Before I was a blogger, I was a cartoonist. His cartoons translate really well to the Internet.

He wrote How to be creative as a blog entry. It felt like a book.

I’m not sure if blogging makes writing a book harder or if writing a book makes blogging harder.

Pamela Slim:

It was helpful to me to have a reference for my clients.

How do you go from a blog to a book? How did you make choices?

Stephanie Klein:

Greek Tragedy: She was completely rejected by the sororities.

How did I compile all this information.

Instead of dating, I would take pictures at that party and give them a card to direct them to my site.

What do I want the self-realization of my book to be? Then I worked backwards from there. You need to have a story from beginning, middle and end. Stories that don’t help that blog, need to be cut.

Kate Lee:

How do you get an agent? Do your research. Literary marketplace. Publishers marketplace. Go to a book you like and see who they thank. They all thank their agent. All information is available online.

Hugh MacLeod:

Make friends with people who read your work and have book deals.

Kate Lee:

It helps to know someone to get in the door, but then you have to sell your work.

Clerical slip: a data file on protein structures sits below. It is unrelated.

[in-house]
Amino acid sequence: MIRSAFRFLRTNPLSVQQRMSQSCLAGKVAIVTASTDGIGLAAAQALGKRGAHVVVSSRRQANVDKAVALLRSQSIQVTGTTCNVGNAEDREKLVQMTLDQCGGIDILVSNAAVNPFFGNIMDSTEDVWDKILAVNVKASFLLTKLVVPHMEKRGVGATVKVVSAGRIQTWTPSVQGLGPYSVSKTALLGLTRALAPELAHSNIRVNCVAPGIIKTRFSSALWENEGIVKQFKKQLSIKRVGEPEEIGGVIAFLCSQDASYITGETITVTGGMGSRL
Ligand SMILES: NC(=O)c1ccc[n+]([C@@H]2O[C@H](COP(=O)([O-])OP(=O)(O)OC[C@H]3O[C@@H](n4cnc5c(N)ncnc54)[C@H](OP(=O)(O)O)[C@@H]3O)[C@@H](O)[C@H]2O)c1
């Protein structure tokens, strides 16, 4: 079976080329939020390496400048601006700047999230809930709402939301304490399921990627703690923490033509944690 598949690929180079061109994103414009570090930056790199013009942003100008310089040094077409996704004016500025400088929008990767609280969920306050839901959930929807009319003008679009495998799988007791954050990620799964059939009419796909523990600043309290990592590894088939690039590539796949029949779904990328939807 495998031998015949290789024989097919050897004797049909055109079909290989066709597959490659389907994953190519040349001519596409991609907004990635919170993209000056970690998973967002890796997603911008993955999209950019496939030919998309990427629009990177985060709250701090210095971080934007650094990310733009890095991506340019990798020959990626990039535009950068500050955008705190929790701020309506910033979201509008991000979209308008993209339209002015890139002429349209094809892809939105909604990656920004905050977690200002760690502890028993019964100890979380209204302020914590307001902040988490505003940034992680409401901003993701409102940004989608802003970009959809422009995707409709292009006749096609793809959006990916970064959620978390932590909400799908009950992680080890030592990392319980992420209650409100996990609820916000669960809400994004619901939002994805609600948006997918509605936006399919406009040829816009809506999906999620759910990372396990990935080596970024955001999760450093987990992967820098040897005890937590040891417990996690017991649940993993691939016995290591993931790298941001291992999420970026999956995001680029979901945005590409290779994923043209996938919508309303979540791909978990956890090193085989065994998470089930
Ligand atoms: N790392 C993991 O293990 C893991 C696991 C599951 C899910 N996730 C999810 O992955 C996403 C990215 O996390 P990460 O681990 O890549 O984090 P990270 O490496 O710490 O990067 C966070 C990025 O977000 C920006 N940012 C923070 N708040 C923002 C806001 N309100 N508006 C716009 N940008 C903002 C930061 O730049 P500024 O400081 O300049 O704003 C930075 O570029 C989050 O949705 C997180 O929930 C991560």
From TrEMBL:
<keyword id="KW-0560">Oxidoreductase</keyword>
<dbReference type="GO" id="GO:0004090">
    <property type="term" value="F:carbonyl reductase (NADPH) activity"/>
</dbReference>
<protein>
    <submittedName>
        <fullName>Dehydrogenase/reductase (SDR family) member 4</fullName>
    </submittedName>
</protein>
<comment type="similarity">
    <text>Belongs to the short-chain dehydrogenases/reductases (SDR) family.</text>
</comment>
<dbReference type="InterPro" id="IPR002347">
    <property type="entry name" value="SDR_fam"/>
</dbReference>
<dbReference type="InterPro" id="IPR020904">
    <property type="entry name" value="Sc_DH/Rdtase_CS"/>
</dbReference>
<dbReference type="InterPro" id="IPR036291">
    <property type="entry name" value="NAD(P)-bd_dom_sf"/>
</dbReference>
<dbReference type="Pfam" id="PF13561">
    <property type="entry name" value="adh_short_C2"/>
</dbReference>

There are two people: great idea or great voice

Stephanie Klein:

I worked harder on my book proposal than I did on my book.

Kate Lee:

I don’t expect you to know how to write the book proposal, I help you with that.

Guy Kawasaki:

You could come away from this “It’s Who You Know.” Bullshit. It’s “Who Knows About You.” You need to get known. It’s takes some proselytation.

The key is to write good stuff.

Pamela Slim:

You need to think about who are the same people who have the same market as you have?

Stephanie Klein:

You have to take a risk. You can’t just talk about wanting to be a writer, you have to actually do something about it.

Hugh MacLeod:

You need to tell the people that you like that you like them. If your work is really good and you’re reaching out to people who you admire, then the heirarchy matters a lot less.

Guy Kawasaki:

If she ever asks me to help her get a book published, I would help her.

Kate Lee:

There’s no single, right way. Knowing people is helpful. YES write good stuff, that’s what gets me to pay attention to it. Publishers do pay attention to audience members and platform.